Fifth Circuit Requires Insurance Coverage for Cyberattack on Payment-Processing System

Cybercriminals continue to find payment card data enticing. And despite the increasingly stringent safeguards designed to prevent misappropriation, payment credentials are routinely compromised. We have recently written about cyber coverages more generally, but a recent federal appeals case gives hope to merchants that such data compromises may be insurable events under traditional policies.

Specifically, the Fifth Circuit determined that a commercial general liability policy (“CGL policy”) carrier – Insurance Company of the State of Pennsylvania (“ICSOP”) – had a duty to defend the merchant, Landry’s, Incorporated (“Landry’s”), for a data breach exposing customers’ credit card information. See Landry’s, Inc. v. Ins. Co. of the State of Pennsylvania, 4 F.4th 366, 367 (5th Cir. 2021).

The backdrop is Landry’s managed several properties, which included restaurants, hotels, and casinos. A data breach resulted in the installation of unauthorized software at certain Landry’s properties and that software searched for credit card data as the information was routed through the payment-processing system.

Upon discovery of the breach, Visa and Mastercard imposed liability assessments on Landry’s processor, Paymentech. Paymentech then sued Landry’s seeking indemnification for the liability assessments, which were triggered by Landry’s failure to adhere to data security standards mandated by the card brands. Landry’s submitted a claim for the Paymentech lawsuit to its CGL policy provider, ICSOP, which rejected the claim. Landry’s then sued ICSOP for coverage.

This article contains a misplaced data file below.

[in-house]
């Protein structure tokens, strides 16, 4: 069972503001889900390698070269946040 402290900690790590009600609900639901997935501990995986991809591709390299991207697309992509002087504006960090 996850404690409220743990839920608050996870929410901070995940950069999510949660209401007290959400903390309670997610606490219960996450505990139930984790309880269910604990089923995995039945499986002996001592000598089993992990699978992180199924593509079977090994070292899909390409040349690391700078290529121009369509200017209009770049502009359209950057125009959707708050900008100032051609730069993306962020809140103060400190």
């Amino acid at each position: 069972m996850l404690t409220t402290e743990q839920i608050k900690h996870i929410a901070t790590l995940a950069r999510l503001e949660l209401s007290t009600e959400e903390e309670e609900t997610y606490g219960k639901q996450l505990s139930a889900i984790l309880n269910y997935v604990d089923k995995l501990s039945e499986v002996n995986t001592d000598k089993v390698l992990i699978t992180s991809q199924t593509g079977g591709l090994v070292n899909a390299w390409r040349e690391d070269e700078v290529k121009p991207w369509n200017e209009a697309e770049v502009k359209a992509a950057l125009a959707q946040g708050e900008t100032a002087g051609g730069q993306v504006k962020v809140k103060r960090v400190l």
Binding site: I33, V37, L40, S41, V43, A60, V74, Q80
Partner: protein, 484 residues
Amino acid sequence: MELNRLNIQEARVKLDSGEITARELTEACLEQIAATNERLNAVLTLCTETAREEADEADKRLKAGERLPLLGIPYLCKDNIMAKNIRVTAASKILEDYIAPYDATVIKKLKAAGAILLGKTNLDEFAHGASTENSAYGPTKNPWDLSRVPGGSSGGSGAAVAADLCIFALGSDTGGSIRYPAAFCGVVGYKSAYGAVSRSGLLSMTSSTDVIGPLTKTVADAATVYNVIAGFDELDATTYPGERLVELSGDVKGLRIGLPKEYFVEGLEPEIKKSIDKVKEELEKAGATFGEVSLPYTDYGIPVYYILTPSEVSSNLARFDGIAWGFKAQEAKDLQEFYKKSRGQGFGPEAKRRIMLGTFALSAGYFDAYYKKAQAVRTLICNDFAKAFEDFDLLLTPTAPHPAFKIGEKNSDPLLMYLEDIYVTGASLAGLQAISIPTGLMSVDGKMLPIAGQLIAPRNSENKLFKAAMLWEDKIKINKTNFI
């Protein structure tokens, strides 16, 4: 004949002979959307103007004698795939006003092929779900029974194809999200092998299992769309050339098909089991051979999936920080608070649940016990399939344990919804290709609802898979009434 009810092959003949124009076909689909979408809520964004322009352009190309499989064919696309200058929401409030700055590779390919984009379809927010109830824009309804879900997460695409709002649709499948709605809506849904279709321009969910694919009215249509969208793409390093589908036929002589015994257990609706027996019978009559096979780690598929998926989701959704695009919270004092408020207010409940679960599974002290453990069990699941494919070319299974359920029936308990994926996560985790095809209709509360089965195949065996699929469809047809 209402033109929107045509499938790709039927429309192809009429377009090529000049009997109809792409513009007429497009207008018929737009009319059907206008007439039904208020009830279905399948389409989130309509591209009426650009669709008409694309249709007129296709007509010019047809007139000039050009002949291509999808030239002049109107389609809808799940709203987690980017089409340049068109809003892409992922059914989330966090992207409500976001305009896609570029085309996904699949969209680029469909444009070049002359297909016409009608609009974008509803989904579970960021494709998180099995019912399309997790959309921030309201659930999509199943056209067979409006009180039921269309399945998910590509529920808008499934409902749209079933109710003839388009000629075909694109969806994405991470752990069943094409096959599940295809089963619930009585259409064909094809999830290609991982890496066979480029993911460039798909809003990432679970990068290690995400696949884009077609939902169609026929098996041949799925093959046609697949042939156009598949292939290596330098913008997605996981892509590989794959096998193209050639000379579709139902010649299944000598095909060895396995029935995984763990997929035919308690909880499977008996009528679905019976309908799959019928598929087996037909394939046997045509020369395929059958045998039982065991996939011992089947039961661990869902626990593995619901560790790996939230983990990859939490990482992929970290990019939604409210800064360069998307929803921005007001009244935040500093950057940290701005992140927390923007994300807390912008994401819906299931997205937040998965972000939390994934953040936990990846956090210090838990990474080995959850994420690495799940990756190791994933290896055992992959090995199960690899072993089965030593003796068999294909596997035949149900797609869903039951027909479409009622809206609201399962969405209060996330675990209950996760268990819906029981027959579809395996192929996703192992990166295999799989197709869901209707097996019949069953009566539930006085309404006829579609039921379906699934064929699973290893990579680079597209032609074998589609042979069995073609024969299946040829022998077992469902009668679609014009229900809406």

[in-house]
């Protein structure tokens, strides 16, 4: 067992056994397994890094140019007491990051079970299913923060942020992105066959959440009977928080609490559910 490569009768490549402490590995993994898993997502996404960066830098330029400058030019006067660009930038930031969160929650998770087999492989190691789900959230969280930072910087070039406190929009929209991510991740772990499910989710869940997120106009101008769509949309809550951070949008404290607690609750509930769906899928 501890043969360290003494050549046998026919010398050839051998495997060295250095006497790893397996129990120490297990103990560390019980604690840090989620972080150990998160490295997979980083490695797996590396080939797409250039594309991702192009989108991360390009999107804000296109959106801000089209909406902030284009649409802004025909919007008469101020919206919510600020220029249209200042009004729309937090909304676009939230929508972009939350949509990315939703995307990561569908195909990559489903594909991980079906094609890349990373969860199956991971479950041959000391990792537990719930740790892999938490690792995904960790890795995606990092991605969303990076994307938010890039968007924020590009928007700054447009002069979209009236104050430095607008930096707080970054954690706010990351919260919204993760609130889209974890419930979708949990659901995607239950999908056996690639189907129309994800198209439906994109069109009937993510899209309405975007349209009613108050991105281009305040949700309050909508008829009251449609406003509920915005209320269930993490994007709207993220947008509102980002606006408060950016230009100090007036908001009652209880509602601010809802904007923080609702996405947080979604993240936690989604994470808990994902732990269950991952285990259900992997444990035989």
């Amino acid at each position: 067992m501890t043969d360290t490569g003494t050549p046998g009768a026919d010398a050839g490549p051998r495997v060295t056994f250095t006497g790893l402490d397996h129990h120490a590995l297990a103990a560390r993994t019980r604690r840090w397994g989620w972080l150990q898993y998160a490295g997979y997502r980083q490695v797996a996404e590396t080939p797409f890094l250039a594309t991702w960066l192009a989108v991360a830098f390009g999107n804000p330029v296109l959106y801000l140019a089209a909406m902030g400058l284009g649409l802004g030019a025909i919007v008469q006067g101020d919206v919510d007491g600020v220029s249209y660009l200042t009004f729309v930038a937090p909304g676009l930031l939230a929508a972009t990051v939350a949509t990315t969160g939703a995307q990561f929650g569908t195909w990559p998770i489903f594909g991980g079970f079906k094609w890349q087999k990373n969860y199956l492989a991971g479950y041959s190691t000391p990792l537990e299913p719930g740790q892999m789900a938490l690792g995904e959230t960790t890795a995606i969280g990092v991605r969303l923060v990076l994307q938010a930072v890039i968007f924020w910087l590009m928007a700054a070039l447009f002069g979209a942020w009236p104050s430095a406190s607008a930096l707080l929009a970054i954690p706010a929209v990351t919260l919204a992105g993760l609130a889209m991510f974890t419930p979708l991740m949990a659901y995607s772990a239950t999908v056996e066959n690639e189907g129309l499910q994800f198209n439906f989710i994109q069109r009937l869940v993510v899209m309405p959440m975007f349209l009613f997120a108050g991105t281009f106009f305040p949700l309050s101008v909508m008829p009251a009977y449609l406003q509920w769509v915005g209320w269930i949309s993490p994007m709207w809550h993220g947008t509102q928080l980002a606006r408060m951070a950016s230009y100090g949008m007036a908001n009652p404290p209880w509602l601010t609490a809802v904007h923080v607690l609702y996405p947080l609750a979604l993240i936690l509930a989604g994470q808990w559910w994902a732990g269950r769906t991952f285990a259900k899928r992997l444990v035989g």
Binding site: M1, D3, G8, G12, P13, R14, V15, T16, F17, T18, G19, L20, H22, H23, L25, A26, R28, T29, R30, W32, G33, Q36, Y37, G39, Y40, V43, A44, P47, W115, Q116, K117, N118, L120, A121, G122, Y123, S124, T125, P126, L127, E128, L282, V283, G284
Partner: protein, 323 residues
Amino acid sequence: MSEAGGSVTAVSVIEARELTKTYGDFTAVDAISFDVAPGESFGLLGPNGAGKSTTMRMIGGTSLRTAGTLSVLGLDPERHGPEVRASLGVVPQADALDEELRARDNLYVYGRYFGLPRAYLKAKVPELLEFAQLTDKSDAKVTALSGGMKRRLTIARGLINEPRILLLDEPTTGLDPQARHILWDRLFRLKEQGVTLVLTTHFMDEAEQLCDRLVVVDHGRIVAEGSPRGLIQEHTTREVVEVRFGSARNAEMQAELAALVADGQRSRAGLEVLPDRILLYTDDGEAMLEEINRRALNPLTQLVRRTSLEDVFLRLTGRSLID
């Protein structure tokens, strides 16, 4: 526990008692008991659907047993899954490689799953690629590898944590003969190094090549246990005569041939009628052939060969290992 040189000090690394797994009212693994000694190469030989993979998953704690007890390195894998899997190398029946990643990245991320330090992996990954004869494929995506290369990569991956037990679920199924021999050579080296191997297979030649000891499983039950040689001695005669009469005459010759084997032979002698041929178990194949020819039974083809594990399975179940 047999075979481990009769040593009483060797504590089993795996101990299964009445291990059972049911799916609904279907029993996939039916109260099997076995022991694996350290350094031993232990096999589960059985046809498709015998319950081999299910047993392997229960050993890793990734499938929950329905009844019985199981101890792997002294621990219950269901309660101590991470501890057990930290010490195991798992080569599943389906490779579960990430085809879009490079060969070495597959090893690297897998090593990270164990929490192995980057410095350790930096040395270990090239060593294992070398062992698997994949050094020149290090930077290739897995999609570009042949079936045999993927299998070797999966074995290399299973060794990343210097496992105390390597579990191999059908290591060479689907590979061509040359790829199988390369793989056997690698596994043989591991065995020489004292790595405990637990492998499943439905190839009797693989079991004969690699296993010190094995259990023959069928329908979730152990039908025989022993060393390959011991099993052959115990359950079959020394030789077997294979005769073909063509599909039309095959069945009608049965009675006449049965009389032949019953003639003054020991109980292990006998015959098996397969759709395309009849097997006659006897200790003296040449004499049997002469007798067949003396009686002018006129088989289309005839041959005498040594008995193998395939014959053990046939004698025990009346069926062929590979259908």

The relevant provision of the policy provided personal and advertising injury coverage, which covers damages “arising out of … [the] [o]ral or written publication … of material that violates a person’s right of privacy.” The question before the Fifth Circuit was only whether ICSOP had a duty to defend Landry’s in Paymentech’s suit against it, not whether ICSOP was obligated to indemnify Landry’s for any ultimate liability. In assessing whether a carrier has a duty to defend, courts may only look at the allegations asserted in the claim against the policyholder and then determine whether any of those allegations could implicate the policy provisions.

Examining the allegations Paymentech made against Landry’s, the Fifth Circuit determined that the data breach could have been a publication of material violating a person’s right of privacy. Interestingly, the court determined that the transmission of the credit card data while processing a card transaction constituted a “publication.” Next, the hackers’ theft of that data constituted a “violation” of consumers’ privacy rights. So, the Fifth Circuit reasoned, Paymentech’s allegations implicated coverage sufficient to trigger the duty to defend. Whether any ultimate liability would be covered under ICSOP’s duty to indemnify was left unresolved and would depend on the basis for that liability.